First up, we have pancetta recipes. Pancetta is an Italian-style bacon made of pork belly meat. Here at NWS, we make our pancetta with high-quality Minnesota-raised Berkshire pork and smoke it to savory perfection. Though it is commonly served cold-cut, we most prominently feature crispy pancetta alongside maple-sage smoked turkey breast on our best-selling daily (Thursday) special, the Clubhaus. It’s also available for purchase by-weight from our deli—sliced is best for sandwiches, charcuterie arrangements and crispy bacon; otherwise I’d recommend a slab 1-2” thick.

 

Pancetta combinations

 

  • Pancetta & peas – This one speaks for itself. Cube some pancetta, strain a can of peas, fry up the pancetta in a pan, and once it’s bubbling in its own grease, throw in the peas. Serve it as is, as a side; or throw it over brown rice and call it a light meal.
  • Pancetta potatoes – Looking for a bit more bang for your buck? This tip is a favorite of our beloved owner, Eric. When you fry your pancetta, save the grease for delicious fried potatoes. Season with rosemary, thyme, or your choice of herbs.
  • The Pan-Cheddar – Brace yourself. To be honest, I am salivating, perspiring, and hyperventilating thinking about this one. It begins with a story:

Once upon a time, when NWS began selling Widmer’s (amazing!) Two-Year Cheddar, the staff lost their collective mind. We are big fans of snacking around here, and as such, we began experimenting with and munching on cubes of that sweet, sweet cheddar, until the time came that we had eaten more of the “Forbidden Cheddar” than we had sold. Those were decadent and magical times, and though they are missed, they will never be forgotten. One of my favorite experiments is a sandwich, which will probably never make it onto our menu, but is easily attainable for our customers. It has three ingredients—all available for purchase from our deli: pancetta, Widmer’s Two-Year Cheddar, and a bagel. The instructions are simple: in a pan or in the oven, melt as much cheddar as you see fit on top of as much pancetta as you see fit (a thin layer of cheddar over a quarter inch-thick slice of pancetta works for me, but really, go crazy); toast a bagel; put the two together; die and go to food heaven.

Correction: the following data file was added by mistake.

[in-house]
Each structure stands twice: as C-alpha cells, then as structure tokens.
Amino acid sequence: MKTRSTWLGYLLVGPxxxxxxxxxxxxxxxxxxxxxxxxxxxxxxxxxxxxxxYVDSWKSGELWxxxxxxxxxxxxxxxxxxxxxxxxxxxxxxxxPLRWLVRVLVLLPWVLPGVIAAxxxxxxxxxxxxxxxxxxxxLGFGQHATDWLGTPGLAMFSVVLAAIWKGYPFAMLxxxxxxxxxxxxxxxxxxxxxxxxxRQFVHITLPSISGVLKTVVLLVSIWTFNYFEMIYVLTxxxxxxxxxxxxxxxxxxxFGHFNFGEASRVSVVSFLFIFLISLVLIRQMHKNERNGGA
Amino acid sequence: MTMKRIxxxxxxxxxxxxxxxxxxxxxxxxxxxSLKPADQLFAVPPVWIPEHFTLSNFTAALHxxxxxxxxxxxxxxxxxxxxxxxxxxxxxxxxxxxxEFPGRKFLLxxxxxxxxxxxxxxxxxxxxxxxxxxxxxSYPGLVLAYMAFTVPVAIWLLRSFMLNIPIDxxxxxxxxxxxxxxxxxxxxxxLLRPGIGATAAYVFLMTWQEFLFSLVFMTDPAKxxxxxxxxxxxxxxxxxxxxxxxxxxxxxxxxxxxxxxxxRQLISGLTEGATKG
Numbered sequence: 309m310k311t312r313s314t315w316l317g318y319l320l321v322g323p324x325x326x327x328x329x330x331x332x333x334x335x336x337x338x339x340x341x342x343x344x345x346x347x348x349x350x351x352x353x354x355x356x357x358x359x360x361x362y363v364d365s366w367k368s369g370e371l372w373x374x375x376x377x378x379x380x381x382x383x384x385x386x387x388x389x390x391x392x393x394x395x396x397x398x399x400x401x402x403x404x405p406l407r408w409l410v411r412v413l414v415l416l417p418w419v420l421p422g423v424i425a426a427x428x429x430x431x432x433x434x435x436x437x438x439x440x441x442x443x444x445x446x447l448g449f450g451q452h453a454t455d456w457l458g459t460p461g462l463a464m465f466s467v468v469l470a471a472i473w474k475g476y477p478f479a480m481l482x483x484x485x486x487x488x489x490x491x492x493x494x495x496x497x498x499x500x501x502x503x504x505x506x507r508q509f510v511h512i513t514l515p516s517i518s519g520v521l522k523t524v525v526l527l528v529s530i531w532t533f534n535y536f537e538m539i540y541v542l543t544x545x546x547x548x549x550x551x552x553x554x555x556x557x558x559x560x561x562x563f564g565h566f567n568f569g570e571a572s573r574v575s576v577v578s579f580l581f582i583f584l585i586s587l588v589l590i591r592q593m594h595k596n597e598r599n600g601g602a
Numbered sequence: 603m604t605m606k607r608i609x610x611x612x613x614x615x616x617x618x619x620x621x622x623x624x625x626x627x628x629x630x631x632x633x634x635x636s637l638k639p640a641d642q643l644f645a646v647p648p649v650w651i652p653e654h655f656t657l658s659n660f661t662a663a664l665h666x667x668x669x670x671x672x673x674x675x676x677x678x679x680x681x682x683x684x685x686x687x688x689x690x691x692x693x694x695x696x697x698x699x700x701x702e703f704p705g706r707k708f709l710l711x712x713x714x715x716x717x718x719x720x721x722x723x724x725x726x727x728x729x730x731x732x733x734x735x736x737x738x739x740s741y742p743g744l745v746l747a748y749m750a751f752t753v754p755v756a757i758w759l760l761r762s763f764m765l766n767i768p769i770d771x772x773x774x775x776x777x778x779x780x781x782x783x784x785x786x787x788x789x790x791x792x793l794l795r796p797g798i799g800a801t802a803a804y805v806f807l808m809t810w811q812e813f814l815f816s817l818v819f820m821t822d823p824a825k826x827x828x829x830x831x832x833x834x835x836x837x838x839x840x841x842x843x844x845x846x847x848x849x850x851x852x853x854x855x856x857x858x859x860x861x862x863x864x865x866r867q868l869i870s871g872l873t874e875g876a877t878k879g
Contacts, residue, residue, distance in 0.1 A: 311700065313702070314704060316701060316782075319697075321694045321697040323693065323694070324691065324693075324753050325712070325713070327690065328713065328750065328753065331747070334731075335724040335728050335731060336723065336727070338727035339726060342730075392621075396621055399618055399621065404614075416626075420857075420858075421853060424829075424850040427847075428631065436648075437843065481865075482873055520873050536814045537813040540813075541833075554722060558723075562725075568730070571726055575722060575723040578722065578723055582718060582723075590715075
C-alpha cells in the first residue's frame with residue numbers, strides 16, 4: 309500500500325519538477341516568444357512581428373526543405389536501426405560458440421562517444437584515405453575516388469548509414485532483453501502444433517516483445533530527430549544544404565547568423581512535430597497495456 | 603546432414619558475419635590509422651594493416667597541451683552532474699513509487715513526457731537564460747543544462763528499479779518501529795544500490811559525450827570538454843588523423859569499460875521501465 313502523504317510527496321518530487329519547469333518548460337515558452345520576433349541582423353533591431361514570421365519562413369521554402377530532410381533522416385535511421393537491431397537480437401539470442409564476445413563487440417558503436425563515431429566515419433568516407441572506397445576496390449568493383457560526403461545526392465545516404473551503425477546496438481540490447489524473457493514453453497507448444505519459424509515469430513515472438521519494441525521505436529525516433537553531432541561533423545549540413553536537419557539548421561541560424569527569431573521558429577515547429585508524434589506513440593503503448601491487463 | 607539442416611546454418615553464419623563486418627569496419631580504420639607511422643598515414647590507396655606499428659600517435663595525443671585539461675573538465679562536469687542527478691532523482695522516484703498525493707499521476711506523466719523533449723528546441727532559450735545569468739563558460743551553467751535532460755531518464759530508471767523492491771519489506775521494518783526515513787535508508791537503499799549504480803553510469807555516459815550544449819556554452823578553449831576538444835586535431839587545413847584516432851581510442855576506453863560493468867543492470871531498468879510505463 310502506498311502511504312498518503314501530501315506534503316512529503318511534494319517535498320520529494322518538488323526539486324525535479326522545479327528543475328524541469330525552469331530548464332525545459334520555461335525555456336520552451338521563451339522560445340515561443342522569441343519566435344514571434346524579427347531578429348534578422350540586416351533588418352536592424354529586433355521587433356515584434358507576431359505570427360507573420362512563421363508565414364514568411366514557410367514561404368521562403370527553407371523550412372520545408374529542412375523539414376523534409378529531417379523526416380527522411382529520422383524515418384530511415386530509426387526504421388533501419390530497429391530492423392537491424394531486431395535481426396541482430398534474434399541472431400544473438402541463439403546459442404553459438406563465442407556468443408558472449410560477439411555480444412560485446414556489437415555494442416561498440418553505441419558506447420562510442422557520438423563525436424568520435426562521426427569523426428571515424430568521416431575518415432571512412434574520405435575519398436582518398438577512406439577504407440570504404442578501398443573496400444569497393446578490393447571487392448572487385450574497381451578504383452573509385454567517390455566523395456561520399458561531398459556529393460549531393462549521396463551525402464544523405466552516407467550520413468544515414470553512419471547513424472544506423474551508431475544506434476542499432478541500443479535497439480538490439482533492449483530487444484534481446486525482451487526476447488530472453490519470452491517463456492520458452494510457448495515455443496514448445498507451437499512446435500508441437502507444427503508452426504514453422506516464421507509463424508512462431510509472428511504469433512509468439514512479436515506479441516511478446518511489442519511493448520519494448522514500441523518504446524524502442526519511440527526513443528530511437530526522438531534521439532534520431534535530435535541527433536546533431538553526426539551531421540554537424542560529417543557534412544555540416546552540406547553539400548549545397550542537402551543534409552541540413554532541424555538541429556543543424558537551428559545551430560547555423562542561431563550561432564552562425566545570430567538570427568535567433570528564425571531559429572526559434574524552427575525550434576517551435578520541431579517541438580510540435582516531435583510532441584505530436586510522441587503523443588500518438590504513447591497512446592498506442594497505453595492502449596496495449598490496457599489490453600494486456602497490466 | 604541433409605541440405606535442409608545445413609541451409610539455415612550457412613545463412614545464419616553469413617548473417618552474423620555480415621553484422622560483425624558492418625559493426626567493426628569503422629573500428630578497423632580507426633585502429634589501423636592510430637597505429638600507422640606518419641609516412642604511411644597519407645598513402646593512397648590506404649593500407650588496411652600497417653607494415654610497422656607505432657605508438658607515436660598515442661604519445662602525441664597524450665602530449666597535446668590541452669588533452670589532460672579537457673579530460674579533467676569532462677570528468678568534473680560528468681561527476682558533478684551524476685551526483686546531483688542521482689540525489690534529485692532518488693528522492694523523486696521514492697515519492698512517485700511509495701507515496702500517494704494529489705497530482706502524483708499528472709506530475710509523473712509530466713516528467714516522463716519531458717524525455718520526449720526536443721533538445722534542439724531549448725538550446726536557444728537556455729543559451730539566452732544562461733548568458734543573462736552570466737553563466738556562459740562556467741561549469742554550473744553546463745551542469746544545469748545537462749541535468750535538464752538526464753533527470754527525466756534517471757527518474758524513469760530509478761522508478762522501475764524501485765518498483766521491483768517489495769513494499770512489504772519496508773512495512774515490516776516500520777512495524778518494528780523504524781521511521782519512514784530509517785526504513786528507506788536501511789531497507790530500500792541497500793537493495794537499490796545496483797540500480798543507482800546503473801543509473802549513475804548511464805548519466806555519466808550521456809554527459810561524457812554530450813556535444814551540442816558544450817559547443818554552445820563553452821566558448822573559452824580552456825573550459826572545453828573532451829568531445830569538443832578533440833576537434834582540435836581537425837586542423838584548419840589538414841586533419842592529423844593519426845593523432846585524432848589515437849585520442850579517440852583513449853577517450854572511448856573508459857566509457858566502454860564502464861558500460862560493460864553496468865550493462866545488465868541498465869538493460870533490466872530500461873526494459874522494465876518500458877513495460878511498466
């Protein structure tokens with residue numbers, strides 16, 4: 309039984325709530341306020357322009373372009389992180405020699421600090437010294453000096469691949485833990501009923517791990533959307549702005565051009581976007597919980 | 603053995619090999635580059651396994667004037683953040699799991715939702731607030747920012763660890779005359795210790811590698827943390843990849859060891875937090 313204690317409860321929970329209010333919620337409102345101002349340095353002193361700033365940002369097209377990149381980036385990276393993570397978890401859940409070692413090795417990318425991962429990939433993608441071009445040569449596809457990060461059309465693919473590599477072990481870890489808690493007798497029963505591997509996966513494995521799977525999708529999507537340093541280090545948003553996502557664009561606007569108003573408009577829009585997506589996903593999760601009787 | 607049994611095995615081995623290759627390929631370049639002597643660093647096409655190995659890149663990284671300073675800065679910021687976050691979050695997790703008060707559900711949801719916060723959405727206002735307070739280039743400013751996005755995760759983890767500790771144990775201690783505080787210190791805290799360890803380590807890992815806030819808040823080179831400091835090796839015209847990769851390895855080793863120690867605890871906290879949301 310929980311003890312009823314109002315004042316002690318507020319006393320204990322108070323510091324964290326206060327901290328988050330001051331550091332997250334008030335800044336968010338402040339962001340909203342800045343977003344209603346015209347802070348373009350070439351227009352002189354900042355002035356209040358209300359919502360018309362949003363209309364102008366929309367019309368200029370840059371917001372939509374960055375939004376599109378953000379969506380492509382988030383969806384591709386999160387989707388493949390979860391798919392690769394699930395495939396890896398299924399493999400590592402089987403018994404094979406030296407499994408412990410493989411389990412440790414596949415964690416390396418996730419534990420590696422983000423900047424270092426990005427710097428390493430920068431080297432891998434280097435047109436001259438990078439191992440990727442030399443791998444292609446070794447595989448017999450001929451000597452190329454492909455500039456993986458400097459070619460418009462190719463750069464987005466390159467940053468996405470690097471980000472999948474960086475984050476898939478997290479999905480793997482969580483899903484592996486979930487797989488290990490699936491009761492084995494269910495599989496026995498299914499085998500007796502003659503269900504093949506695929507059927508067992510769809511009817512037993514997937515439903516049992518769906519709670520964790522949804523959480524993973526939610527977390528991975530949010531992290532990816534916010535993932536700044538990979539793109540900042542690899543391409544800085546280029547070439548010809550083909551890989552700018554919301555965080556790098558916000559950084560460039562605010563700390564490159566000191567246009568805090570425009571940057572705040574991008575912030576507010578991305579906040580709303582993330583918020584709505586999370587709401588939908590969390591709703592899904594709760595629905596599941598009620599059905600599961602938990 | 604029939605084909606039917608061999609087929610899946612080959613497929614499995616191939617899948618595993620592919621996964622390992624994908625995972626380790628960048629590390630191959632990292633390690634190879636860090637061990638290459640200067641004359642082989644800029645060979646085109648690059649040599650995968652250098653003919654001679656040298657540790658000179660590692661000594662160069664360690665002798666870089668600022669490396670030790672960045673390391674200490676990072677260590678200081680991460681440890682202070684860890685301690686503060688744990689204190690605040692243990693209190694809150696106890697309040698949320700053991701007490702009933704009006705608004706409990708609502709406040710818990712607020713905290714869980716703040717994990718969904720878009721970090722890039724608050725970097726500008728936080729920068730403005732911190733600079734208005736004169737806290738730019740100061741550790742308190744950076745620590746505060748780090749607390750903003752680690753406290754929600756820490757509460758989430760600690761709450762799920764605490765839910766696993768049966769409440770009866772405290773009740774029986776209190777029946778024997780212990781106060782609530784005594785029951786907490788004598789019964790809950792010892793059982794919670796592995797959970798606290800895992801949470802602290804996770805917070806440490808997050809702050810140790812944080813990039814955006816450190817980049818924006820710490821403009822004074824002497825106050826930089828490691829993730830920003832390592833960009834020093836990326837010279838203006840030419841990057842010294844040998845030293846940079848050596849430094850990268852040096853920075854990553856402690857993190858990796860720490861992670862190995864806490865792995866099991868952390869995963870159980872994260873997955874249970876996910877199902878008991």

The possibilities of NWS smoked pancetta are as limitless as your imagination. Customers have often bragged to me of their delicious pancetta jam and soup recipes, though since they have yet to bring me any samples, the jury is still out—If I’m talking about you and you’re reading this, get at me: sales@nwsmokehaus.com cc: Ned. Anywhere you want a high flavor-impact meat to influence your dish, smoked pancetta is a worthwhile option. Or you could just take a page from my playbook and treat it as its own dish right off the slicer. I won’t judge you.

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5 Things To Do With Porketta

porketta

5 Ways to Cook Smokehaus Porketta